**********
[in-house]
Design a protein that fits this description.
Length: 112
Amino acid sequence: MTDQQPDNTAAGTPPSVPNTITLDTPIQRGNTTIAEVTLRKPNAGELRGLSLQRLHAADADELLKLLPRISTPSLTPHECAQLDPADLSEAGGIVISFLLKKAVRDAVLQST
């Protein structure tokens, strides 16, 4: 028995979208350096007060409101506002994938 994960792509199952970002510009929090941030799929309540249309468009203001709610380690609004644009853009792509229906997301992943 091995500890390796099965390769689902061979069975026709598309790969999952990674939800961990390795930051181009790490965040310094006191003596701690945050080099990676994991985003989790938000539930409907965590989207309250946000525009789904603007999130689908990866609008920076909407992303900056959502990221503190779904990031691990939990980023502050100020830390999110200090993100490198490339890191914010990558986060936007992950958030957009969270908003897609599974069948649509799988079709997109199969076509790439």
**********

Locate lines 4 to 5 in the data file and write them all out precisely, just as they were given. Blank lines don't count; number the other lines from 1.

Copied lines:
Amino acid sequence: MTDQQPDNTAAGTPPSVPNTITLDTPIQRGNTTIAEVTLRKPNAGELRGLSLQRLHAADADELLKLLPRISTPSLTPHECAQLDPADLSEAGGIVISFLLKKAVRDAVLQST
């Protein structure tokens, strides 16, 4: 028995979208350096007060409101506002994938 994960792509199952970002510009929090941030799929309540249309468009203001709610380690609004644009853009792509229906997301992943 091995500890390796099965390769689902061979069975026709598309790969999952990674939800961990390795930051181009790490965040310094006191003596701690945050080099990676994991985003989790938000539930409907965590989207309250946000525009789904603007999130689908990866609008920076909407992303900056959502990221503190779904990031691990939990980023502050100020830390999110200090993100490198490339890191914010990558986060936007992950958030957009969270908003897609599974069948649509799988079709997109199969076509790439």